Nepheline, also called nephelite (from Greek: νεφέλη, "cloud"), is a feldspathoid: a silica-undersaturated aluminosilicate, Na3KAl4Si4O16, that occurs in intrusive and volcanic rocks with low silica, and in their associated pegmatites.
Anglesite is a lead sulfate mineral with the chemical formula PbSO4. It occurs as an oxidation product of primary lead sulfide ore, galena. Anglesite occurs as prismatic orthorhombic crystals and earthy masses, and is isomorphous with barite and celestine. It contains 74% of lead by mass and therefore has a high specific gravity of 6.3. Anglesite's color is white or gray with pale yellow streaks. It may be dark gray if impure.
Cordierite (mineralogy) or iolite (gemology) is a magnesium iron aluminium cyclosilicate. Iron is almost always present and a solid solution exists between Mg-rich cordierite and Fe-rich sekaninaite with a series formula: (Mg,Fe)2Al3(Si5AlO18) to (Fe,Mg)2Al3(Si5AlO18). A high-temperature polymorph exists, indialite, which is isostructural with beryl and has a random distribution of Al in the (Si,Al)6O18 rings.
Almandine, also known as almandite, is a species of mineral belonging to the garnet group. The name is a corruption of alabandicus, which is the name applied by Pliny the Elder to a stone found or worked at Alabanda, a town in Caria in Asia Minor. Almandine is an iron alumina garnet, of deep red color, inclining to purple. It is frequently cut with a convex face, or en cabochon, and is then known as carbuncle. Viewed through the spectroscope in a strong light, it generally shows three characteristic absorption bands.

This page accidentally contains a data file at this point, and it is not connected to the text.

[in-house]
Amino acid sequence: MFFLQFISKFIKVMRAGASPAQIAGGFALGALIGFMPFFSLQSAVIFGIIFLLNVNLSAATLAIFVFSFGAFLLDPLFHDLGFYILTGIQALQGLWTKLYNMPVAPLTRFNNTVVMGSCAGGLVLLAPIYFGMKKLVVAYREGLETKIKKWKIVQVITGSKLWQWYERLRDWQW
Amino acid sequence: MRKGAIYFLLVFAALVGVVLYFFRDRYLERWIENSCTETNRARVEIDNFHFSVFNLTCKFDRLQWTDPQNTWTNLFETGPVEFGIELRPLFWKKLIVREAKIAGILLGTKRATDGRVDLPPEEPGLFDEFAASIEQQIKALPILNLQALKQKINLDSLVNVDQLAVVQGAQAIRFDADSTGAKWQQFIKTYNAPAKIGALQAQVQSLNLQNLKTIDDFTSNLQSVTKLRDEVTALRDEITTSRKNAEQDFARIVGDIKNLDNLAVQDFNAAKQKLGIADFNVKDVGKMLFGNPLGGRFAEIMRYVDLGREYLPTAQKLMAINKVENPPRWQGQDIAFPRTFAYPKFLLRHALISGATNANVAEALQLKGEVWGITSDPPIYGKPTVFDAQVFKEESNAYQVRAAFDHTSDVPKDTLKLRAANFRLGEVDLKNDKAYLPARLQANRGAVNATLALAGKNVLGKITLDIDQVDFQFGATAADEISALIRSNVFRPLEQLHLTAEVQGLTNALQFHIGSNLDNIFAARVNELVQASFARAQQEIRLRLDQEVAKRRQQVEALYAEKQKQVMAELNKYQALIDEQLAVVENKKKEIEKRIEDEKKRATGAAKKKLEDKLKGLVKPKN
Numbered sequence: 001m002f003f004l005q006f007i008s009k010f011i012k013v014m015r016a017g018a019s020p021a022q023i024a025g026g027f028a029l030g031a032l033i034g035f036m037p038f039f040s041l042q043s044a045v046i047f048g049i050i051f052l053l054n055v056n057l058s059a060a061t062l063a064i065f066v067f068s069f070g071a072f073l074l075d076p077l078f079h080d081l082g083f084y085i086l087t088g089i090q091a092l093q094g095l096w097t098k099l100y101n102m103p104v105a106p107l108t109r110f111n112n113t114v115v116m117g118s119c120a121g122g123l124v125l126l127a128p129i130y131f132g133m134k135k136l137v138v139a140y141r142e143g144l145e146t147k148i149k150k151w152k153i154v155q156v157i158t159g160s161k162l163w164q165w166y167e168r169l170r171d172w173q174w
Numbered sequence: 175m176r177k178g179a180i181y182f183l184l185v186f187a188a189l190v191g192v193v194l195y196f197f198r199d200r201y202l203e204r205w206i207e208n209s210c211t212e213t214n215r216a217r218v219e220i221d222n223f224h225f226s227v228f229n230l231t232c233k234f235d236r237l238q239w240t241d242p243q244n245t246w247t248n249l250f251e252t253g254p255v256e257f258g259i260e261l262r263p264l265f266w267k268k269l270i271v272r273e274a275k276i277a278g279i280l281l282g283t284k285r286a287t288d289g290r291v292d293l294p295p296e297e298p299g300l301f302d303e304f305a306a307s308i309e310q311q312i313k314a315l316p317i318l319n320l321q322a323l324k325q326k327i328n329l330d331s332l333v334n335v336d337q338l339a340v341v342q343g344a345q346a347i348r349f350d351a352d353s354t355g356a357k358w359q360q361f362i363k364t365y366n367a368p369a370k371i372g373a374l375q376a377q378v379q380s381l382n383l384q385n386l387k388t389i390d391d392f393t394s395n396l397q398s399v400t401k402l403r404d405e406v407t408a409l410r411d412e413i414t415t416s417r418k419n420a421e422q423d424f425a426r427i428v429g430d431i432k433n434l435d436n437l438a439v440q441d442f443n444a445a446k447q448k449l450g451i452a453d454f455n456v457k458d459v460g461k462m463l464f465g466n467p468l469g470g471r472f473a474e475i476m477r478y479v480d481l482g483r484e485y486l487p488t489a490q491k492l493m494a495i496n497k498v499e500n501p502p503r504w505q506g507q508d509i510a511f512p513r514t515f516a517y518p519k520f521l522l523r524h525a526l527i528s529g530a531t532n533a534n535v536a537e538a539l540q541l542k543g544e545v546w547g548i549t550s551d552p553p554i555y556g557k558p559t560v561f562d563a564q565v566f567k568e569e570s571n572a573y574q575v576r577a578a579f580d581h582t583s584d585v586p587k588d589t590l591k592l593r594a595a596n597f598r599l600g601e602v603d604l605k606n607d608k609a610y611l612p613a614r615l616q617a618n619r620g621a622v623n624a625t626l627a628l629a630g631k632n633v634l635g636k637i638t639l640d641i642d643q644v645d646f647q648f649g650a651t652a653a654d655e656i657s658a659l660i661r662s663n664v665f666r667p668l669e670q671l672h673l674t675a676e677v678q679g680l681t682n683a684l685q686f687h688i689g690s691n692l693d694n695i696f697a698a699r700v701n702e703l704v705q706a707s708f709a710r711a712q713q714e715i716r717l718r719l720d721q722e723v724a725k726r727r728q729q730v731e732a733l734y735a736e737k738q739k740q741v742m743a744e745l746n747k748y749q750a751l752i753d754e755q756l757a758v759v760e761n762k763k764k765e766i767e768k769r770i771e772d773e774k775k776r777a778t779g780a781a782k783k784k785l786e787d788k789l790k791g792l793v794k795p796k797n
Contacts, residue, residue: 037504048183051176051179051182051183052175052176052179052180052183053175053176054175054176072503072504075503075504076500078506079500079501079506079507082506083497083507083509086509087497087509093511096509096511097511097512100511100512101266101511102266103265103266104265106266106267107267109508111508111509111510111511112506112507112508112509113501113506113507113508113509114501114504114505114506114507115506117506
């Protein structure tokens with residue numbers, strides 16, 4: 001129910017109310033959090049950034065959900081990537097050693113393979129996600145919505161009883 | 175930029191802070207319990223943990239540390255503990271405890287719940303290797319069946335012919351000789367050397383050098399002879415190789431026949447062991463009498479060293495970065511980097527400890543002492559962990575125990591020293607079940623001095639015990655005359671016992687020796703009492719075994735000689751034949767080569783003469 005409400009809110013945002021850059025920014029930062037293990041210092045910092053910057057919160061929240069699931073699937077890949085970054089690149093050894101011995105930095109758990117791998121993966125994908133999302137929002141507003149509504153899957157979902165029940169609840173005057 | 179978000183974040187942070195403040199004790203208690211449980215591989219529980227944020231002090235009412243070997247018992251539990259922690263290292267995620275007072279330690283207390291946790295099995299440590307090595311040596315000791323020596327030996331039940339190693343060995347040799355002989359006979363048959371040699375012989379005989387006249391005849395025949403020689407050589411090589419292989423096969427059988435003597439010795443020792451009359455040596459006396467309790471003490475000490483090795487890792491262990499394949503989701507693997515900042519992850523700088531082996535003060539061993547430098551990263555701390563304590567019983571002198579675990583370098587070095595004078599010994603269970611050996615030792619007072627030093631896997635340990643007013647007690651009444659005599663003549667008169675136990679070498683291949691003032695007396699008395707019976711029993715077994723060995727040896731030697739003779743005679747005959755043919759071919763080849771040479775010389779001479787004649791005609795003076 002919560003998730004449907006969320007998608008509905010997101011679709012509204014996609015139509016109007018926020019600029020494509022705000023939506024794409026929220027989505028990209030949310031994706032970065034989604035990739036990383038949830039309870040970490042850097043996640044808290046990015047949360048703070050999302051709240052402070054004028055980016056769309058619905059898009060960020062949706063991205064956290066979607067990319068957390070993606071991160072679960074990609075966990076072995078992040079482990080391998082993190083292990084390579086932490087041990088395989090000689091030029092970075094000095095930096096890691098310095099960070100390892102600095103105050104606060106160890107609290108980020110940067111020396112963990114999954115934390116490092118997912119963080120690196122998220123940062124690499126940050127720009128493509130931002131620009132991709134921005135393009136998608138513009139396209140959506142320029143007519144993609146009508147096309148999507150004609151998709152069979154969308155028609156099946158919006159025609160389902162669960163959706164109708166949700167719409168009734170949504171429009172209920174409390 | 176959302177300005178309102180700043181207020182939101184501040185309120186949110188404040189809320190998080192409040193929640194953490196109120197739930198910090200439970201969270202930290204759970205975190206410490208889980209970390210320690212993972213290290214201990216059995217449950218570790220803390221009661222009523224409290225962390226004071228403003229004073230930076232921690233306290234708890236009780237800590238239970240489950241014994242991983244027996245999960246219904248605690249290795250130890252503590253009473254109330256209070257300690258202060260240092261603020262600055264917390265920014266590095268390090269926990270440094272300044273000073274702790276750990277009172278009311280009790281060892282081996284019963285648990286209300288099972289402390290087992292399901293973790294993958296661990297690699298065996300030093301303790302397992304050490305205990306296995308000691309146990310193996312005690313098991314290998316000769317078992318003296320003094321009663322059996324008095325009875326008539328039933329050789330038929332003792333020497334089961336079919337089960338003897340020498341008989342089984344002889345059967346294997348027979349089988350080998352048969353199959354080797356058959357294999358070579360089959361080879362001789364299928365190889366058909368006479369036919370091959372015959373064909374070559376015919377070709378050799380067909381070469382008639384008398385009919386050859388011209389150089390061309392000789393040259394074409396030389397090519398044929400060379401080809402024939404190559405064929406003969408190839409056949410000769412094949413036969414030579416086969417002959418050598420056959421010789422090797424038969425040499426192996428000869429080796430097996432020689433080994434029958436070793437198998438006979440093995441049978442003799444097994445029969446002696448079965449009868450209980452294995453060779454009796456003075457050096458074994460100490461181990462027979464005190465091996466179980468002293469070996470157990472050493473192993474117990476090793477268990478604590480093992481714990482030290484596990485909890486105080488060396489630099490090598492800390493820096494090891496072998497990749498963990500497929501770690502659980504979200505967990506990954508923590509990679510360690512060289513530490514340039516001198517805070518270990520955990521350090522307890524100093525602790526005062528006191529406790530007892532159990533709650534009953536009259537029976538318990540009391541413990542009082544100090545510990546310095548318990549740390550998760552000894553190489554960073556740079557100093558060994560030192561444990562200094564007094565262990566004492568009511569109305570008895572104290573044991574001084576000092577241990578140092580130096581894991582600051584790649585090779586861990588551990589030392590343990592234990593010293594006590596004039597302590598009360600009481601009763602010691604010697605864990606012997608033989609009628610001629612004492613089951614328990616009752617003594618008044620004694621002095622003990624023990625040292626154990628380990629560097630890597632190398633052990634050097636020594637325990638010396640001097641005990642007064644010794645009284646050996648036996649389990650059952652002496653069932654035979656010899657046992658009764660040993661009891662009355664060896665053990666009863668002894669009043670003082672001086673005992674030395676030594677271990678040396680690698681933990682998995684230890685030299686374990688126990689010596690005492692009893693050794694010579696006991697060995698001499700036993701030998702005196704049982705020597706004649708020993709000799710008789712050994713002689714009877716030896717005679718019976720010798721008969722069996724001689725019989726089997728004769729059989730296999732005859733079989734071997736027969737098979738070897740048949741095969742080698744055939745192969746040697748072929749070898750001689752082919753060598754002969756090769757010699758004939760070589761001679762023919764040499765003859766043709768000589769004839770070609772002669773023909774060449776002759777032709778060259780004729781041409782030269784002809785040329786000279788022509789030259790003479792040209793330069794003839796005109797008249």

Sapphirine is a rare mineral, a silicate of magnesium and aluminium with the chemical formula (Mg,Al)8(Al,Si)6O20 (with iron as a major impurity). Named for its sapphire-like colour, sapphirine is primarily of interest to researchers and collectors: well-formed crystals are treasured and occasionally cut into gemstones. Sapphirine has also been synthesized for experimental purposes via a hydrothermal process.
Demantoid is the green gemstone variety of the mineral andradite, a member of the garnet group of minerals. Andradite is a calcium- and iron-rich garnet. The chemical formula is Ca3Fe2(SiO4)3 with chromium substitution as the cause of the demantoid green color. Ferric iron is the cause of the yellow in the stone.
Spessartine, sometimes mistakenly referred to as spessartite, is a nesosilicate, manganese aluminium garnet species, Mn2+3Al2(SiO4)3. The mineral spessartine should not be confused with a type of igneous rock (a lamprophyre) called spessartite.
Grossular is a calcium-aluminium species of the garnet group of minerals. It has the chemical formula of Ca3Al2(SiO4)3 but the calcium may, in part, be replaced by ferrous iron and the aluminium by ferric iron. The name grossular is derived from the botanical name for the gooseberry, grossularia, in reference to the green garnet of this composition that is found in Siberia. Other shades include cinnamon brown (cinnamon stone variety), red, and yellow. Grossular is a gemstone.
Andradite is a species of the garnet group. It is a nesosilicate, with formula Ca3Fe2Si3O12.
Opalescence refers to the optical phenomena displayed by the mineraloid gemstone opal. However, there are three notable types of opal, each with different optical effects, so the intended meaning varies depending on context. The optical effects seen in various types of opal are a result of refraction or reflection (common) due to the layering, spacing, and size of the myriad microscopic silicon dioxide spheres and included water in its physical structure. When the size and spacing of the silica spheres are relatively small, refracted blue-green colors are prevalent; when relatively larger, refracted yellow-orange-red colors are seen; and when larger yet, reflection yields a milky-hazy sheen.
Ammolite is an opal-like organic gemstone found primarily along the eastern slopes of the Rocky Mountains of North America. It is made of the fossilized shells of ammonites, which in turn are composed primarily of aragonite, the same mineral contained in nacre, with a microstructure inherited from the shell. It is one of few biogenic gemstones; others include amber and pearl.1 In 1981, ammolite was given official gemstone status by the World Jewellery Confederation (CIBJO), the same year commercial mining of ammolite began. It was designated the official gemstone of the City of Lethbridge, Alberta in 2007.